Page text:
Founded in 1991, Adrenaline Films is a video production company that operates a 25,000 square feet facility in Orlando, Florida and provides video production and post-production services to major entertainment, media and technology companies like Universal Orlando Resort, CNN, NBC, Fox News, Amazon and Siemens. We had a great conversation with Tim Bartlett, the company’s VP & General Manager, about how Video Transport was used in a recent virtual conference production.
I think your company is a disrupter, kind of the Uber of video transport.
A high-end computer company came in with a request to produce their annual meeting virtually. The production was not live but included 4 days of remote contribution with multiple participants interacting with each other in real time. Adrenaline Films needed a contribution solution that was higher quality than Zoom and could easily be brought out via SDI and switched in a physical switcher – this was the key criteria that steered the team towards using Video Transport.
The following elements were involved:
- a 1 Gbps fiber optic connection (up and down);
- a Windows computer (made by BOXX) with an Nvidia GeForce GTX 1080 graphics card, a Blackmagic Design DeckLink Quad 2 (8 SDI outputs) and a Blackmagic Design DeckLink Mini Recorder SDI input card;
- a Blackmagic ATEM 2 M/E Production Studio 4K switcher;
- Blackmagic Design HyperDeck Studio recorders;
- another Windows computer running Zoom;
- a 10-channel Video Transport license.
7 or 8 guests from different locations around the world (Los Angeles, Denver, Chicago, New York, Brussels and London) would contribute their camera feeds via the VT guest link to the BOXX computer running Video Transport. In order for the contribution feeds to have a professional look, portable kits were delivered to all participants – consisting of cameras, computers, lighting and green screens. These independent video feeds were output via SDI and routed into the ATEM switcher; they were also sent to HyperDeck Studio recorders to be ISO recorded for later editing.
They were sending us a 1080 signal that looked great.
In parallel, Zoom was used to host another conference with participants from the company’s legal and marketing teams, who also connected from various parts of the world to be part of this production session. Zoom ran on a separate computer and generated another feed for the ATEM switcher.
Each feed could be keyed over individual graphics and returned back to the speaker via the Blackmagic SDI input card on the BOXX computer and the VT Guest Link, but not just that:
I set up a nine-split multiviewer with the different cameras and I included the Zoom feed in that nine-split so that the people on the VT web links could see the people on Zoom and talk to them.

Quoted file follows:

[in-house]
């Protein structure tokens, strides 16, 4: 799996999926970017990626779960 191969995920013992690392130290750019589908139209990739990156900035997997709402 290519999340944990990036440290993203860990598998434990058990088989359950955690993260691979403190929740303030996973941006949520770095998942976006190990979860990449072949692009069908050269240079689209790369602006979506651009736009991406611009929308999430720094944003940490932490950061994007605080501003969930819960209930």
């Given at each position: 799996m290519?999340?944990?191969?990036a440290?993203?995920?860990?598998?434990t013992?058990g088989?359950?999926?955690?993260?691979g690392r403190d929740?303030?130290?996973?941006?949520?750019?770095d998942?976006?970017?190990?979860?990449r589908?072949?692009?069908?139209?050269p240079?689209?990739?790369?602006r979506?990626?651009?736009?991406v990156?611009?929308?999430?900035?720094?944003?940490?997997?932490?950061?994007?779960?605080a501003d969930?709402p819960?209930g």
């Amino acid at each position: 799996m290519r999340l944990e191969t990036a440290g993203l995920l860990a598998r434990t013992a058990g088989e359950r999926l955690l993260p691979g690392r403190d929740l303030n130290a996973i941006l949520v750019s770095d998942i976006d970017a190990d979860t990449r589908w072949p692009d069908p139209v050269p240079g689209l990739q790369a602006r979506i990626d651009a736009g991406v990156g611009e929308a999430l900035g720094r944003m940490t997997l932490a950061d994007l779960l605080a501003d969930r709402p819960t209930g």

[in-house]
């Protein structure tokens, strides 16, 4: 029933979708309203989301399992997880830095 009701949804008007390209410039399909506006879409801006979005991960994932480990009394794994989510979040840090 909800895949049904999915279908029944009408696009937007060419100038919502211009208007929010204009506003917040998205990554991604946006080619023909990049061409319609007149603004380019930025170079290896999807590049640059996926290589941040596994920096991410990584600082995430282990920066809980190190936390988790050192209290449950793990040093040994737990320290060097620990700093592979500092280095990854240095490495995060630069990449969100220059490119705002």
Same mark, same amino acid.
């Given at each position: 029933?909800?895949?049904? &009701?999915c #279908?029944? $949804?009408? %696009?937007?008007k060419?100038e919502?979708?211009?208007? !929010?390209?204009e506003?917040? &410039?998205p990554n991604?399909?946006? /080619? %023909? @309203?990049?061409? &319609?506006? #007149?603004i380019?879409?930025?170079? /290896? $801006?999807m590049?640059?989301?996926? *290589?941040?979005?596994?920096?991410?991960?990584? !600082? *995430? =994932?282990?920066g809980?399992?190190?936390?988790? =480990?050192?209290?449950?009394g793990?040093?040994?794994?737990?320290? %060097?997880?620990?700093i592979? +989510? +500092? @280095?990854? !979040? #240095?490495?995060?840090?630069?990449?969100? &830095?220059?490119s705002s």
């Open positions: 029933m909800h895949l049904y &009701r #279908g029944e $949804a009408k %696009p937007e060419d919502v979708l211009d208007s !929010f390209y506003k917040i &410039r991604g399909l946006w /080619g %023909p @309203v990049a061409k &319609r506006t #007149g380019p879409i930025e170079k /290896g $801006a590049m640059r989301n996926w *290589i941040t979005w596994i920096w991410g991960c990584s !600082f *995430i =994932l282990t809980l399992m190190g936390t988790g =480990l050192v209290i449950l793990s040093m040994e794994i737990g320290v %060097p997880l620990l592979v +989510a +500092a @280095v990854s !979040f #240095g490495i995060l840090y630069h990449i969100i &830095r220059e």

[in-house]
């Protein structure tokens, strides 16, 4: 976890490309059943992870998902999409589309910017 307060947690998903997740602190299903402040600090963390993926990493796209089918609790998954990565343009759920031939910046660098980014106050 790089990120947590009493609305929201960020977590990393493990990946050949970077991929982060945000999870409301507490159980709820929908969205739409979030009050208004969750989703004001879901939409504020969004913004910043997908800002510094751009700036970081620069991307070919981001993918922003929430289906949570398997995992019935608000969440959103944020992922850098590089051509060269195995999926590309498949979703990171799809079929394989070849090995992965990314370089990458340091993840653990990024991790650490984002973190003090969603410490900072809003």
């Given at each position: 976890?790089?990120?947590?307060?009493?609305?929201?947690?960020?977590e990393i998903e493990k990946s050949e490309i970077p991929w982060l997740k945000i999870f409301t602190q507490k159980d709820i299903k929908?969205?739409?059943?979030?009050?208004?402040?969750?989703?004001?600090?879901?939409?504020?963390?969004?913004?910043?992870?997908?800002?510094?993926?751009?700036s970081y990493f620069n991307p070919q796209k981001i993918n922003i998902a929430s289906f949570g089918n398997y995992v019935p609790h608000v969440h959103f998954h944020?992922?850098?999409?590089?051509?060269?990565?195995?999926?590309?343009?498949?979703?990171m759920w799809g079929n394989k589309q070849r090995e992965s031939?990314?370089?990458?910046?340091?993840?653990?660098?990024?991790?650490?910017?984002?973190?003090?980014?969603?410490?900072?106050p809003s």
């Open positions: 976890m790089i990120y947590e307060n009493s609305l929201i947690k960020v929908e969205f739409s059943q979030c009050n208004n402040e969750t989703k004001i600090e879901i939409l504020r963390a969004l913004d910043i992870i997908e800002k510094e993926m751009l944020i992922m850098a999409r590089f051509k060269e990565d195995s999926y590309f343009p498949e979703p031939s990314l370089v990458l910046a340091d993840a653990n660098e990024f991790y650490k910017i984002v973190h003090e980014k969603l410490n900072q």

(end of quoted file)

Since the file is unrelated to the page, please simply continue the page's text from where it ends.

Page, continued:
The output of the ATEM switcher was fed to a Blackmagic Web Presenter, which showed up as a webcam in Zoom.
We could change what we were sending to the Zoom call because it was hooked to our switcher. We could send them a multi-split, we could send them an individual feed, we could switch it like a TV show.
The new mix-minus feature was instrumental for this particular production. A proper audio setup for a video conference involves providing each party with an individual audio feed – one that contains audio from all participants but himself. This ensures that the speaker does not hear an “echo” of his own voice. Integrating 8 remote guests via VT and also Zoom would require at least 9 independent mix-minus audio feeds to be set up manually – this can be tricky to maintain, not to mention the audio equipment needed.
Luckily the new Video Transport feature of the integrated mix-minus was released right on time and became crucial for us to pull this off using VT. We only had to create two mix-minuses between two groups connected over VT and Zoom instead of 9 audio feeds. The rest of the job to create individual mix-minuses for each guest was automatically handled by VT. Also we created our own multi-view split screens to return to participants that also integrated the Zoom contributors. All parties had video and audio two-way interactions.
Tim’s team also integrated their RTS IFB system into the mix-minus signal flow so that they could talk to all parties together or to each party separately.
Adrenaline Films also deploys Video Transport in more straightforward remote production environments – such as with creative teams and performing arts centers, who need to keep running shows, but avoid bringing people into close proximity. To do this, they would set up 4 or 5 cameras at the venue, use Video Transport to bring the raw feeds into the facility, switch the show and send the master out to a distribution platform. This renders the benefit of sending fewer people to the venue and spending less time setting up.
The flypack takes up a lot of space and, quite frankly, takes up a day to set up and test and make sure it's all working.
The flypack is replaced by the powerful Dell Precision 7740 laptop with an Nvidia Quadro RTX 3000 graphics card – enough to encode 5 video feeds in 1080p and ship them to the control room via Video Transport.
It’s a way to send high quality video back and forth using resources that are already in place – without a huge cost of entry. I think you're different in that you require a lot less hardware infrastructure.
Tim is also impressed by the capability of Video Transport to support a variety of workflows and use cases:
The fact that your product has those different modules all integrated into the same platform, I think, is really valuable. Today, I can do a web conference. Tomorrow, I can transport 1080 signals from Los Angeles back here… So, remote contribution, multi-camera remote production, monitoring and return feeds – those are all part of one product.